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Wednesday, January 23, 2013

How to dress in cold weather - update


In a previous post, I let you know what you need to be wearing on a cold day in Toronto (read it here). Since we've had a few days of bitter temperatures here recently, I thought it would be a good time to update my recommendations.

Other than what I've already noted:

  •  Base layer - when it's -10C or below, you really are doing yourself a favour if you wear a base layer of long underwear. The wind will cut through your pants, or jeans. I see a lot of women in their fashionable tights in this weather, but they clearly are NOT in a good mood. Base layer. Think about it.
  • Heavy socks - even if you have to change out of your boots into dress shoes, wear some heavier socks in this kind of cold. I wear hiking socks and they add a lot of comfort to my feet.
  • Think about your nose - Despite all my attempts to stave off the cold and enjoy the outdoors, my nose gets cold and runs in weather like this. I have a couple solutions: My Canada Goose jacket (mine is their Banff model), in what I call "storm mode" allows me to hide most of my face in the coyote fur around the hood (this material was chosen by Canada Goose "because it never freezes, doesn’t hold water, and the uneven hair lengths create a windbreak that protects exposed skin, helping to reduce heat loss from the face"). I can still see out, but have to be diligent at intersections/crosswalks to turn my entire head and look for cars and such. The other solution is a scarf bundled up around my face. This doesn't work as well, because I have to move it when I blow my nose, and the condensation from my breath makes it wet, and then it freezes, and then it gets cold again! But seriously - think about your nose!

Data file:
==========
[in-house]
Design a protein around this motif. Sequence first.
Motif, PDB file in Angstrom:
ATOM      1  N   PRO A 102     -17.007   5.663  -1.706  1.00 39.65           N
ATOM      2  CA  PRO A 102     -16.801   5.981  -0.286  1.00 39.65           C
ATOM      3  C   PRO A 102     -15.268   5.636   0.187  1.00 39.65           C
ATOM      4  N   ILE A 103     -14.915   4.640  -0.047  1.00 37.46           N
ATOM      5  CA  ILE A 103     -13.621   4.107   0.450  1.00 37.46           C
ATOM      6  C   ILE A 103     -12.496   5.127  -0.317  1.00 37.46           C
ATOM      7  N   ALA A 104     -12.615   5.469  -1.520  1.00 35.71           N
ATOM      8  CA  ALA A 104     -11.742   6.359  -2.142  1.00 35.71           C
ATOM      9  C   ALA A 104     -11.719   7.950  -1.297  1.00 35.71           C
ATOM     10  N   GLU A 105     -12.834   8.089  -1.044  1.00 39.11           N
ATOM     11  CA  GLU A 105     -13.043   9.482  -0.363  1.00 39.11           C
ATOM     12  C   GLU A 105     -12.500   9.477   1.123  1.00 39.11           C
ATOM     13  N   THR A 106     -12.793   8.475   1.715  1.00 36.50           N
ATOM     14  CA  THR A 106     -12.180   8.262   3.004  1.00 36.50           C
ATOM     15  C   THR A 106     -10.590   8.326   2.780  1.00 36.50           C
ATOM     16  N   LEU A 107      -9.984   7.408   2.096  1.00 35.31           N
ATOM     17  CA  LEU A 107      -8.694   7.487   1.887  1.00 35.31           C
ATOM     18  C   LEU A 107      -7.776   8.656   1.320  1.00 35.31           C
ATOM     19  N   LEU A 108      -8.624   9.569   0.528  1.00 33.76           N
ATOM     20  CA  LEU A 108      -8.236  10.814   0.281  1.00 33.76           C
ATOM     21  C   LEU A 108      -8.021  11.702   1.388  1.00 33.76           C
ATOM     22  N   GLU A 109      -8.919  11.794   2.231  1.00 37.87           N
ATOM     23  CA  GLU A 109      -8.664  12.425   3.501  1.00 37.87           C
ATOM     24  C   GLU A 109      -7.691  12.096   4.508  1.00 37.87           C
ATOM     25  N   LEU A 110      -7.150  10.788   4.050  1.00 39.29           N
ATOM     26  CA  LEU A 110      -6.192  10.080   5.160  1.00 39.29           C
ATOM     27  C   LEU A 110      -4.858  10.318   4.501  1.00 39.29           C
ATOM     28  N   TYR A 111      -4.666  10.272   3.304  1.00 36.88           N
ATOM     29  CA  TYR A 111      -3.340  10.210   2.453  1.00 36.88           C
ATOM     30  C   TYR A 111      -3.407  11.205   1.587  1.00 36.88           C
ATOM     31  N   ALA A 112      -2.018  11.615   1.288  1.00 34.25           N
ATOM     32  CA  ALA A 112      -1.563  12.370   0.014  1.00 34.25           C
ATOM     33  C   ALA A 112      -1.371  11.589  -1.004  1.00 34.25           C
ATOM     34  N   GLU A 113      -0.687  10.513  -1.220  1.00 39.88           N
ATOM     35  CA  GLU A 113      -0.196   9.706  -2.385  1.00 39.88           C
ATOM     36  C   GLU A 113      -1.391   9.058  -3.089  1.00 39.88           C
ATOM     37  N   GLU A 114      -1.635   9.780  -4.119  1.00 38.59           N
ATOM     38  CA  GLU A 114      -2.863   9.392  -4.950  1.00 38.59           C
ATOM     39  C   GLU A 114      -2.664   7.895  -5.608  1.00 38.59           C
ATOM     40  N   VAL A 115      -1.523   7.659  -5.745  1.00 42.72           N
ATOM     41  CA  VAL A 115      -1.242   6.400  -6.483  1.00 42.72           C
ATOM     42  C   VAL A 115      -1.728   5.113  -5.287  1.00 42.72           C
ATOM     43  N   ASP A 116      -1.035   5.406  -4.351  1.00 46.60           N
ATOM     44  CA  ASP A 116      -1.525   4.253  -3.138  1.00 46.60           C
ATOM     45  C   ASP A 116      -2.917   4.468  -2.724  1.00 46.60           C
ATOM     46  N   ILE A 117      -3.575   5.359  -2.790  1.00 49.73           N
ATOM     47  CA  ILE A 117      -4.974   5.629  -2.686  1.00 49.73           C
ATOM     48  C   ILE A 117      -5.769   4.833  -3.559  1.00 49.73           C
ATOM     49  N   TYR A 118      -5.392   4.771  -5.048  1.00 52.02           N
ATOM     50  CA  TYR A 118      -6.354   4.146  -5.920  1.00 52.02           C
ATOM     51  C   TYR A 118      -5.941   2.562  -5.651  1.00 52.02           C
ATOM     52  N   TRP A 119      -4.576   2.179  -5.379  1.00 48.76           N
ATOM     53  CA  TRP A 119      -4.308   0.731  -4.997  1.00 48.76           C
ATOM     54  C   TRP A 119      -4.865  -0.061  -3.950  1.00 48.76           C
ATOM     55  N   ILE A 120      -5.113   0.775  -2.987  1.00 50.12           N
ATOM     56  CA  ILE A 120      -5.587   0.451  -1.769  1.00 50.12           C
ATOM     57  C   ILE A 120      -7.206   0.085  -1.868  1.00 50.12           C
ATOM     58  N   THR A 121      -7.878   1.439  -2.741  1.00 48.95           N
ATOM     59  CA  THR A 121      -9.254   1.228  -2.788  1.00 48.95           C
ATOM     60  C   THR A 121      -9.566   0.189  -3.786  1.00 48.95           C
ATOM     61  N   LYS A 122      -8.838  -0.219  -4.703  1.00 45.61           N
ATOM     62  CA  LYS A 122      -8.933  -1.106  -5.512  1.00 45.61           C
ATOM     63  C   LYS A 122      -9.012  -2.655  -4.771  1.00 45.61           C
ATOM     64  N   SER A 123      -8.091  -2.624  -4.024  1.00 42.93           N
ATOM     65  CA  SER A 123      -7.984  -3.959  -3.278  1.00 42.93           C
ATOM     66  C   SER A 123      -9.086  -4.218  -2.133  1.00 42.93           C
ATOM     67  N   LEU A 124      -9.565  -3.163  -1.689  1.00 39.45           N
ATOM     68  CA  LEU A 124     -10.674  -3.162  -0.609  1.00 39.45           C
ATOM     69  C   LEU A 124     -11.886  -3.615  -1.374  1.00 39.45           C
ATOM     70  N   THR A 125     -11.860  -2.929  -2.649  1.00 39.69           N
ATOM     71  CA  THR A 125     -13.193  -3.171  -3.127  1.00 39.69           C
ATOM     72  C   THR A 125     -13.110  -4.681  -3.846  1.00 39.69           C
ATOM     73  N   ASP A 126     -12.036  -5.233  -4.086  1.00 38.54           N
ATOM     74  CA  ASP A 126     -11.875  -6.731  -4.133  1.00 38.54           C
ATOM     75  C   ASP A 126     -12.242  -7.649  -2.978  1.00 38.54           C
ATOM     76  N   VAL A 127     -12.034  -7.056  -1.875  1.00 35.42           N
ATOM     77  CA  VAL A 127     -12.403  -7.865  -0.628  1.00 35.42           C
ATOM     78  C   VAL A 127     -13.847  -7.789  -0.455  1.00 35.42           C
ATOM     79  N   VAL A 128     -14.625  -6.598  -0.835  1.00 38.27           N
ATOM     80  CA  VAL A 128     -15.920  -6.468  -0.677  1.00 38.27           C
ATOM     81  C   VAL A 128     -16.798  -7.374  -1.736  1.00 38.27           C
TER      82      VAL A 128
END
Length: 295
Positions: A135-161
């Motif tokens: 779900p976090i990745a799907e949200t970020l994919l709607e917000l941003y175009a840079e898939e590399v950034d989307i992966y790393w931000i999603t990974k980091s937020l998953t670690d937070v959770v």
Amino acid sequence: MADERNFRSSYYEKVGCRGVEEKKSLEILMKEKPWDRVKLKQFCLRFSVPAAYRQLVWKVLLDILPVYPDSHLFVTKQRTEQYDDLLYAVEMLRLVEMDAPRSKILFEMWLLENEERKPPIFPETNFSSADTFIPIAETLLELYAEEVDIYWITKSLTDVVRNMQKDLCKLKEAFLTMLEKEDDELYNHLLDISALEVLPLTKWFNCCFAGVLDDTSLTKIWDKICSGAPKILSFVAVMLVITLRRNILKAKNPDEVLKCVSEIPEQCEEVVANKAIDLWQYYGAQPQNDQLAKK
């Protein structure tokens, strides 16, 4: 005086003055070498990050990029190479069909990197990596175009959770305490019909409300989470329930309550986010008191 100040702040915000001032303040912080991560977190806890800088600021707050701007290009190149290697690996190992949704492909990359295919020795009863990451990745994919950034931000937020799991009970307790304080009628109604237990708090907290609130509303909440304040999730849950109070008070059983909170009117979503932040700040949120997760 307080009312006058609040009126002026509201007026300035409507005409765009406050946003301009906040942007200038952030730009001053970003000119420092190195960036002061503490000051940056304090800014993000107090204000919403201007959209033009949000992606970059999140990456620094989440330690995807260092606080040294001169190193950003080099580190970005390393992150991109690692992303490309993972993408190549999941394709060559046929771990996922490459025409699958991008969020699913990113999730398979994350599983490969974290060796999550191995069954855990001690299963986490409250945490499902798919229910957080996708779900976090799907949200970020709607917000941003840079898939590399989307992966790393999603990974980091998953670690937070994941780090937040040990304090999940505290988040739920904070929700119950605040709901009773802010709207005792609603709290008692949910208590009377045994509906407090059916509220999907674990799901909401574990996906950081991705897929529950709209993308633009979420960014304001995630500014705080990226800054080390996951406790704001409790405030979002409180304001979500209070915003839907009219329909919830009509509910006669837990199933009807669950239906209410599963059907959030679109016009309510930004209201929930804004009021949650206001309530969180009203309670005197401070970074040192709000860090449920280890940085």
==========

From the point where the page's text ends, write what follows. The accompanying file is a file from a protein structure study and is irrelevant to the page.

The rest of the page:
That's my update. -24C in Toronto today. Supposedly winters are warmer than ever in Canada, with fewer snow days and fewer days of deep, dangerous cold. But it still gets plenty cold here for a good part of the year, and you need to be prepared to deal with it, unless you want to be a shut-in. 

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